Yet others would view theology as a philosophical analysis of religion as a cultural phenomenon. Paul Tillich said that theology is not about the study of God, nor the presentation of supernaturally revealed truths, but a system built “on the ground of the philosophy of religion” and embedded “within the confessional, universal religious-historical, and intellectual historical circles.” If that is theology, then it seems both irrelevant to ordinary life and impractical for anyone except philosophers to read and understand. Every true Christian lives by true biblical doctrine and theology. Click To Tweet
Theology vs. Christian Living
However, what if we defined theology as follows? “Theology is the doctrine of living to God by Christ,” as Petrus van Mastricht and Jonathan Edwards said, building on the thought of William Ames. Ames explained, “Men live to God when they live in accord with the will of God, to the glory of God, and with God working in them.”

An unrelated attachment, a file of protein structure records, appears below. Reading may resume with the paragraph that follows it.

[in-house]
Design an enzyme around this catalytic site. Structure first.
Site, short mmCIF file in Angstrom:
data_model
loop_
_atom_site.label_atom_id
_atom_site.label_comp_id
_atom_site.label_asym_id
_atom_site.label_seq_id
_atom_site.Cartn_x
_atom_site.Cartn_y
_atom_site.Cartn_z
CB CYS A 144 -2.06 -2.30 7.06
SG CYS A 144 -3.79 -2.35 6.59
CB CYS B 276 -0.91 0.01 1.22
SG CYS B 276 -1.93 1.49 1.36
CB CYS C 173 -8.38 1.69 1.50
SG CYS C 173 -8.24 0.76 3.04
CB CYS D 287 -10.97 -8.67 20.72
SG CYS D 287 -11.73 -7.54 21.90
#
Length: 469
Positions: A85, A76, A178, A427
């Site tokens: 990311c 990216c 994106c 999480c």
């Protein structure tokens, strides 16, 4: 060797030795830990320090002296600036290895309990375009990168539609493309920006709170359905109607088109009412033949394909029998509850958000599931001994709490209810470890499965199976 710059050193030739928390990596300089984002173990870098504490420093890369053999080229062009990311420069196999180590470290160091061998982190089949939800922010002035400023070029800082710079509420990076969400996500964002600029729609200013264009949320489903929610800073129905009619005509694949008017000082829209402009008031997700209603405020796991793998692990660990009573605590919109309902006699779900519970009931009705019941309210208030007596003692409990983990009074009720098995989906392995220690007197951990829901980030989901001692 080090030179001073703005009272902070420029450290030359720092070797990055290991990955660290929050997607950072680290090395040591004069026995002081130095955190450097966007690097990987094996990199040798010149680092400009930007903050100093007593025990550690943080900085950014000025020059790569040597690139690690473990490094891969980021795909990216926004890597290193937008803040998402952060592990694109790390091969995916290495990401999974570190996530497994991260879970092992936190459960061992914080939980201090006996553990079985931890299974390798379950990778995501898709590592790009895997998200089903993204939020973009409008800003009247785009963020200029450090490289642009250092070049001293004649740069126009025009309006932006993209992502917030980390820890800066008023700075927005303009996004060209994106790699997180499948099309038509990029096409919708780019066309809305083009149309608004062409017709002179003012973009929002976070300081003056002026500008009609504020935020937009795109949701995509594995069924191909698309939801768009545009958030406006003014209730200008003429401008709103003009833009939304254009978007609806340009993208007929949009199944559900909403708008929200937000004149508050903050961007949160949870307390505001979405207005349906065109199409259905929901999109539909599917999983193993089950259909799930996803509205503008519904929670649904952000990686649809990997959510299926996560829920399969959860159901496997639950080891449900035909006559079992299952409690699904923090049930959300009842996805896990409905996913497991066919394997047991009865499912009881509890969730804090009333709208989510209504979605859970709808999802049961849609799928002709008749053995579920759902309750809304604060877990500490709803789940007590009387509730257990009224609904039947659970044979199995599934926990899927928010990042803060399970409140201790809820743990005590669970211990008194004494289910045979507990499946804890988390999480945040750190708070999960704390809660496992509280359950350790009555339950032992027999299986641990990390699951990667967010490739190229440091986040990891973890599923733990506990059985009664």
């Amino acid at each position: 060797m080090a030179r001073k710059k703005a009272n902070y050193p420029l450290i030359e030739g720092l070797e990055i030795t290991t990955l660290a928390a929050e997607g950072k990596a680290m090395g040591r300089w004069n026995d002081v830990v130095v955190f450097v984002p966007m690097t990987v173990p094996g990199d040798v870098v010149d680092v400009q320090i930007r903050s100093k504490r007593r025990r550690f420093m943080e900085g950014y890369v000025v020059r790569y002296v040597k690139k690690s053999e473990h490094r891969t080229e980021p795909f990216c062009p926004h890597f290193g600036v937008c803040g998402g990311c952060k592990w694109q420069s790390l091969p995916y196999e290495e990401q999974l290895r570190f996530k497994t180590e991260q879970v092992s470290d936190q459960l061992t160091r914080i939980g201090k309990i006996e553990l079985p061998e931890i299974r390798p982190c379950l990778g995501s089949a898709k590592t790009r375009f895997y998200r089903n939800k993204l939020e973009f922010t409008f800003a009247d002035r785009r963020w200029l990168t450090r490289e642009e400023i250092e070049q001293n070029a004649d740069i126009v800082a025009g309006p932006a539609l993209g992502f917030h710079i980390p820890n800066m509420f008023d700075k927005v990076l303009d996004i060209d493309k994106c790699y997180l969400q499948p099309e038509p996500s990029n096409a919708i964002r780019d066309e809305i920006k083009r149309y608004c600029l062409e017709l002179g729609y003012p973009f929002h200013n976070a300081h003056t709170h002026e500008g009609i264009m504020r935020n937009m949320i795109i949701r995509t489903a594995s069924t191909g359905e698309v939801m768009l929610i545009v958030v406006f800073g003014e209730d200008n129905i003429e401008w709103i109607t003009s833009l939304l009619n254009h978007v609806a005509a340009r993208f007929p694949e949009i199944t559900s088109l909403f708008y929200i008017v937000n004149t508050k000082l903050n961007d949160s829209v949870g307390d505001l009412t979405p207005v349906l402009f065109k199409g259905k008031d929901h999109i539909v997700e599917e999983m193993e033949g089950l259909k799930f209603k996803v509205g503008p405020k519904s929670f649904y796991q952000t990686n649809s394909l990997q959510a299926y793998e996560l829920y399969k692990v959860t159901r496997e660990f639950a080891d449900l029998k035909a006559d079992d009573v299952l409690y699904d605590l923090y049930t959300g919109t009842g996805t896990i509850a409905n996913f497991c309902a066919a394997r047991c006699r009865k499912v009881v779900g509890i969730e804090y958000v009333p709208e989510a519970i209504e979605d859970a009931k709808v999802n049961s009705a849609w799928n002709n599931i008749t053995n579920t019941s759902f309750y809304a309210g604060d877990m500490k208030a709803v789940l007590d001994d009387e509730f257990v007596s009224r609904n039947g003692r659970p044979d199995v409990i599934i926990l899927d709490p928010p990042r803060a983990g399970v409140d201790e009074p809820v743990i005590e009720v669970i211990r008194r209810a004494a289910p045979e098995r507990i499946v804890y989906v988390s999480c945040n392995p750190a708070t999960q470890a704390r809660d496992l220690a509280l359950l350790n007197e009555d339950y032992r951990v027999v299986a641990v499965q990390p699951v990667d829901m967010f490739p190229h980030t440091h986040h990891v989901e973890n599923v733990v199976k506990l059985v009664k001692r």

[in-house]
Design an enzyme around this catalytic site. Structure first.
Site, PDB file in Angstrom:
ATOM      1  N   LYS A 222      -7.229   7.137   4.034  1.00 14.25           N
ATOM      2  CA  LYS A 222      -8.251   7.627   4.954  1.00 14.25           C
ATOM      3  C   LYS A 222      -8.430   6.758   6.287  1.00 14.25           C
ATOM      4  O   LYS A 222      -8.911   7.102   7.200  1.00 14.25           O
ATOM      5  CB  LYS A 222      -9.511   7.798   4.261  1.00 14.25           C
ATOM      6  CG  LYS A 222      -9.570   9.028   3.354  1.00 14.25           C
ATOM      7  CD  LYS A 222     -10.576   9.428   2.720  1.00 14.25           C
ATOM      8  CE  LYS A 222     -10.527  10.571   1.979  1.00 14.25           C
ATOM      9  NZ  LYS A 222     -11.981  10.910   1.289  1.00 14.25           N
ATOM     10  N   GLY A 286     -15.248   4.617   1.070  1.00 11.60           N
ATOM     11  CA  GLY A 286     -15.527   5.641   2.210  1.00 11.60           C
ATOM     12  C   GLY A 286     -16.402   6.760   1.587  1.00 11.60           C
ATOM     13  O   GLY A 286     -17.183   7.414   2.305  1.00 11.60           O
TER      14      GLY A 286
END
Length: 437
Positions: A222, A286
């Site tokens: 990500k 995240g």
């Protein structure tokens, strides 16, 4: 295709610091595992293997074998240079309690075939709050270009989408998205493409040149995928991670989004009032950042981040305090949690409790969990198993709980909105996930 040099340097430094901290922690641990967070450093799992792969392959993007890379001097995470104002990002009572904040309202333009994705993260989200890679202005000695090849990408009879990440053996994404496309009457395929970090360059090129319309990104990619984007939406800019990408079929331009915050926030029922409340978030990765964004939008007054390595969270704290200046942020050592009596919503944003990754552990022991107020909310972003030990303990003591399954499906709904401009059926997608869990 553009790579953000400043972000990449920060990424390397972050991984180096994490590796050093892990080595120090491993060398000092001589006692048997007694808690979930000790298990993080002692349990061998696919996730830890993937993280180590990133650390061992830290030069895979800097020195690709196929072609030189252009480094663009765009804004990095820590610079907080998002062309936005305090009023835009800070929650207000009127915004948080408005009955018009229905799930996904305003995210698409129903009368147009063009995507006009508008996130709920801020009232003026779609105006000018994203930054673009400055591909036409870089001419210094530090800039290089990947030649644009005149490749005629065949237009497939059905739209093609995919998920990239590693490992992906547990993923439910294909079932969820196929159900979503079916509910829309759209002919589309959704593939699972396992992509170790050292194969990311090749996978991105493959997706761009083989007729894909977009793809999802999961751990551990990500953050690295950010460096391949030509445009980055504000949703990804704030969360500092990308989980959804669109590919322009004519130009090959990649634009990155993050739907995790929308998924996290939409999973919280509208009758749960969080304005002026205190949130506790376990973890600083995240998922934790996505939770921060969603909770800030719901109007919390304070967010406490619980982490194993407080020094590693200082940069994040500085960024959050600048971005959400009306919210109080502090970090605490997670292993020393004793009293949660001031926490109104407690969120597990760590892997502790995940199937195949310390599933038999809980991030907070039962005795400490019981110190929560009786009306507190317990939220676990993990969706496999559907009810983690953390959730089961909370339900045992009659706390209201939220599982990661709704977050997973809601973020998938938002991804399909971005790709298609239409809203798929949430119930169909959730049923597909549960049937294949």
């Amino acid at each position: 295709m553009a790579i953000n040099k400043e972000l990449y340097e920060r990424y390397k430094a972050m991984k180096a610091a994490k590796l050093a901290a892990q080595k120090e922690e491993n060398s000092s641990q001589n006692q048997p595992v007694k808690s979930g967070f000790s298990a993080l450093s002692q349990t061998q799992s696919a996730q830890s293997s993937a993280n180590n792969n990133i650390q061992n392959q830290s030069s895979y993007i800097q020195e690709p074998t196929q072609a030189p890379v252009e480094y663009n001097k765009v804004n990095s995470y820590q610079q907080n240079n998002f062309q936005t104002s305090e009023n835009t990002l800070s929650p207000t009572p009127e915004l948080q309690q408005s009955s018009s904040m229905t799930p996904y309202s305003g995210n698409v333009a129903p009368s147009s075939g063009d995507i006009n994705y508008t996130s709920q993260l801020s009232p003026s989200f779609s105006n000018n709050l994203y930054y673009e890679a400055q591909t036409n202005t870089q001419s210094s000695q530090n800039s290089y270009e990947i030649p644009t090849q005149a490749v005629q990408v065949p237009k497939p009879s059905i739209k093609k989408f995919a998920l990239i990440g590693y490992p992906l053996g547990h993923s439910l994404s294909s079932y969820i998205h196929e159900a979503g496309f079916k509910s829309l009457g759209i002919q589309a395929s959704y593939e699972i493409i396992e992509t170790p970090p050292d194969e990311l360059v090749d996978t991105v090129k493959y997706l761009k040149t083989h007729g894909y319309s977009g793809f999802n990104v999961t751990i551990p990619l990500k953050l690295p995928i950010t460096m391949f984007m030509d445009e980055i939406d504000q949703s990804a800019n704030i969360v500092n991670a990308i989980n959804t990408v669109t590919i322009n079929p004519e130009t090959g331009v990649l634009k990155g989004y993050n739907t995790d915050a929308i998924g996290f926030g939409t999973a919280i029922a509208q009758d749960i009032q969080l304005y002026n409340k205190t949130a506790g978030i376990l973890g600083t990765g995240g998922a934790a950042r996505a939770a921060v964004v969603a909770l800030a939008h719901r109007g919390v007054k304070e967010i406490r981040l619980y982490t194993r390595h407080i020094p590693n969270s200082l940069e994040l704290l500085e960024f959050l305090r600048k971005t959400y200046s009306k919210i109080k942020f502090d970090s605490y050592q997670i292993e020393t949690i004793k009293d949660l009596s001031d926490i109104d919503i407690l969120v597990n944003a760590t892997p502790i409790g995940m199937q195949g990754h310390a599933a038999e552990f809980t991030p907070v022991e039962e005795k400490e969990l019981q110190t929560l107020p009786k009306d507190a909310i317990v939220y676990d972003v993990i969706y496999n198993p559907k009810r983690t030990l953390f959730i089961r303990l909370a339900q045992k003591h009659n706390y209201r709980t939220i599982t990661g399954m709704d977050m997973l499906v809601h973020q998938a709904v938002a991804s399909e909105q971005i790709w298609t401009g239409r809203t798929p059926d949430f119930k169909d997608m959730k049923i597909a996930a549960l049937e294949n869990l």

What could be more important, practical, and refreshing than the knowledge of how to orient your whole life to God, the “fountain of living waters” (Jer. 2:13)? But wait, someone might object, that’s not theology but Christian living. In reply, we say that living to God requires knowing who the true God is versus all the idols of the world (1 John 5:20–21). The Lord said that the one thing worth boasting in is knowing who the Lord is (Jer. 9:24).
The first volume in the Reformed Systematic Theology series draws on the historical theology of the Reformed tradition, exploring the first 2 of 8 central points of systematic theology with an accessible, comprehensive, and experiential approach.